While the demand for commodities in China without a doubt has been weak, that doesn't mean China isn't a buyer in this market, because it is.
What must be understood is the demand now isn't domestic or for exports, but from the fact the prices have fallen so much, China, as it has done historically, is buying up the resources at bargain prices.
When measured by customs data, there are at least 21 commodities China has increased imports in by over 20 percent in July, according to Reuters.
Agricultural imports were especially strong, "with wheat up 158 percent, barley by 67.9 percent, corn by 1,184 percent, cassava by 28.5 percent, rice by 78.2 percent, soy oil by 25.8 percent, palm oil by 53.3 percent, natural rubber by 70.1 percent and sugar by 72.7 percent."
Crude oil imports jumped 29.3 percent in July.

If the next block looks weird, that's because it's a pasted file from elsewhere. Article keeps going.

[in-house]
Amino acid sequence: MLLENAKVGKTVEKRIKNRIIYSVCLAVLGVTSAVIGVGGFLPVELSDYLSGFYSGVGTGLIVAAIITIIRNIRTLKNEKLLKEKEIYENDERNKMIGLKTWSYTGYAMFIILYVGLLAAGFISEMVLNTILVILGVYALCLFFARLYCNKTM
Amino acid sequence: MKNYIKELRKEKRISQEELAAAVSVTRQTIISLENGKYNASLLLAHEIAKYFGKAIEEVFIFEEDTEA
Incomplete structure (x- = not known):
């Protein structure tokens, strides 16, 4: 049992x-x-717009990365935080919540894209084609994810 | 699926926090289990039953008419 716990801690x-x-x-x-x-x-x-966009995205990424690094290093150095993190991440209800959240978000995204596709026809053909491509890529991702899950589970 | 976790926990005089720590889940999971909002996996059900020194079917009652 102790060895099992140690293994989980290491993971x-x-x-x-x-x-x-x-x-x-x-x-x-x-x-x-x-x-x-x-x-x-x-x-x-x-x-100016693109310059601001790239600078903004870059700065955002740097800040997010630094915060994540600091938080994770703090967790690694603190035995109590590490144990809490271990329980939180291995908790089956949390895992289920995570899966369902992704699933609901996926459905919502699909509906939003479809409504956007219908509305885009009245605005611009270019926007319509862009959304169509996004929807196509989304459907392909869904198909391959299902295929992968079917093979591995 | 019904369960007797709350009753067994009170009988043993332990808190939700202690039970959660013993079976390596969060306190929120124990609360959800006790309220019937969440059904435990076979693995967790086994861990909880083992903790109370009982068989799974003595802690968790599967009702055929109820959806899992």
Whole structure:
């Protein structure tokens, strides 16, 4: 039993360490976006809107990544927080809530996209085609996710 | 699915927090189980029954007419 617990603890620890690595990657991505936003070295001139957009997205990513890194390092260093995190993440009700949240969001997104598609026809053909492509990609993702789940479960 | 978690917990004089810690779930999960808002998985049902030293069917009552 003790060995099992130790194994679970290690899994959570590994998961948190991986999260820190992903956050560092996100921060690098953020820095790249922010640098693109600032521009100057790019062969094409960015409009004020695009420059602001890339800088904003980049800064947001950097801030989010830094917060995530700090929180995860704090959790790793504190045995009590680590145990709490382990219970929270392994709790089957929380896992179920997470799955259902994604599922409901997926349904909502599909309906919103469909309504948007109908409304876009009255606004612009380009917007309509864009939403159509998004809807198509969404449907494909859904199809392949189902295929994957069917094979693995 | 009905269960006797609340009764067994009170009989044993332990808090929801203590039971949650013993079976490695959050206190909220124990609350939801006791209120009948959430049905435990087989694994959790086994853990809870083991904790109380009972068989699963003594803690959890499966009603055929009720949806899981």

Metals were also strongly represented. Molybdenum imports climbed 139.8 percent; uranium was up 227 percent; zinc ores up 84.5 percent, and silver up 63.3 percent, among others.
Among major commodities, copper ore and concentrates increased 7.2 percent, and iron ore imports were up a modest 4.4 percent.
What was also interesting in this was China's decision to increase imports at a time its currency was extremely weak. While low prices were definitely a part of the impetus, a declining yuan also had to play a part. If the currency loses more value, the cost of imports would rise even if commodity prices remained stable.
It looks like China was pressed into acquiring the depressed commodities before its currency weakened further. Or course China knows what its policy is going to be, and it's possibly a nod to further debasing of its currency after it buys the commodities it wants at low prices.